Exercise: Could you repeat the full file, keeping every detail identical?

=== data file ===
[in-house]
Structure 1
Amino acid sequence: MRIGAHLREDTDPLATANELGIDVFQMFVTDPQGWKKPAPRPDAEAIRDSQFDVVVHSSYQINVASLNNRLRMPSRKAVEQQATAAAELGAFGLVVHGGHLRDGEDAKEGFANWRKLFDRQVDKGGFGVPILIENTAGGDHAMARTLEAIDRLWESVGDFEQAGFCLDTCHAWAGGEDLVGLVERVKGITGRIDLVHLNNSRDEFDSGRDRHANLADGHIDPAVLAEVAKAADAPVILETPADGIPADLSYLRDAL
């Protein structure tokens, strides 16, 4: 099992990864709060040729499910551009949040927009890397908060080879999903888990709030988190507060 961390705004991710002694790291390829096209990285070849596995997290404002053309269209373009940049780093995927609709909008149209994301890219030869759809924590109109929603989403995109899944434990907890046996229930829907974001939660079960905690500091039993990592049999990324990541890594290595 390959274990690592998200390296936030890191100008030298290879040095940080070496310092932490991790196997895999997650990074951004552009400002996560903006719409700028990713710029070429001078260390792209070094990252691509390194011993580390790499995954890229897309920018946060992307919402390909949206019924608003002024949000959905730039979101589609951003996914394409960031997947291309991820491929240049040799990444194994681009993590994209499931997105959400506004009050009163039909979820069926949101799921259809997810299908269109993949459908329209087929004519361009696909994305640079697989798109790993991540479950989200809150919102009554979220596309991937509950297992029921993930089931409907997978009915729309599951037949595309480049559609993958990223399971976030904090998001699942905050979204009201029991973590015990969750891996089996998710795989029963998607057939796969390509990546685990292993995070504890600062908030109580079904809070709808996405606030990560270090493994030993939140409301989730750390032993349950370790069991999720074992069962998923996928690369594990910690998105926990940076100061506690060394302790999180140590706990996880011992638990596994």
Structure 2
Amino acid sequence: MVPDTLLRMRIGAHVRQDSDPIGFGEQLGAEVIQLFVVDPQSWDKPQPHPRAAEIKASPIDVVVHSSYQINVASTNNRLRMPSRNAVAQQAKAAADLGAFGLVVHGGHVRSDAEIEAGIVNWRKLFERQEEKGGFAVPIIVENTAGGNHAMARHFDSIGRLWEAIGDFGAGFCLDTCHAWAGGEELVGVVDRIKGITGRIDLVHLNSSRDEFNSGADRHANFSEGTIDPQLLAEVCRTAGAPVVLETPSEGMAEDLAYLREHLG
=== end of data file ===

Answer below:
[in-house]
Structure 1
Amino acid sequence: MRIGAHLREDTDPLATANELGIDVFQMFVTDPQGWKKPAPRPDAEAIRDSQFDVVVHSSYQINVASLNNRLRMPSRKAVEQQATAAAELGAFGLVVHGGHLRDGEDAKEGFANWRKLFDRQVDKGGFGVPILIENTAGGDHAMARTLEAIDRLWESVGDFEQAGFCLDTCHAWAGGEDLVGLVERVKGITGRIDLVHLNNSRDEFDSGRDRHANLADGHIDPAVLAEVAKAADAPVILETPADGIPADLSYLRDAL
């Protein structure tokens, strides 16, 4: 099992990864709060040729499910551009949040927009890397908060080879999903888990709030988190507060 961390705004991710002694790291390829096209990285070849596995997290404002053309269209373009940049780093995927609709909008149209994301890219030869759809924590109109929603989403995109899944434990907890046996229930829907974001939660079960905690500091039993990592049999990324990541890594290595 390959274990690592998200390296936030890191100008030298290879040095940080070496310092932490991790196997895999997650990074951004552009400002996560903006719409700028990713710029070429001078260390792209070094990252691509390194011993580390790499995954890229897309920018946060992307919402390909949206019924608003002024949000959905730039979101589609951003996914394409960031997947291309991820491929240049040799990444194994681009993590994209499931997105959400506004009050009163039909979820069926949101799921259809997810299908269109993949459908329209087929004519361009696909994305640079697989798109790993991540479950989200809150919102009554979220596309991937509950297992029921993930089931409907997978009915729309599951037949595309480049559609993958990223399971976030904090998001699942905050979204009201029991973590015990969750891996089996998710795989029963998607057939796969390509990546685990292993995070504890600062908030109580079904809070709808996405606030990560270090493994030993939140409301989730750390032993349950370790069991999720074992069962998923996928690369594990910690998105926990940076100061506690060394302790999180140590706990996880011992638990596994």
Structure 2
Amino acid sequence: MVPDTLLRMRIGAHVRQDSDPIGFGEQLGAEVIQLFVVDPQSWDKPQPHPRAAEIKASPIDVVVHSSYQINVASTNNRLRMPSRNAVAQQAKAAADLGAFGLVVHGGHVRSDAEIEAGIVNWRKLFERQEEKGGFAVPIIVENTAGGNHAMARHFDSIGRLWEAIGDFGAGFCLDTCHAWAGGEELVGVVDRIKGITGRIDLVHLNSSRDEFNSGADRHANFSEGTIDPQLLAEVCRTAGAPVVLETPSEGMAEDLAYLREHLG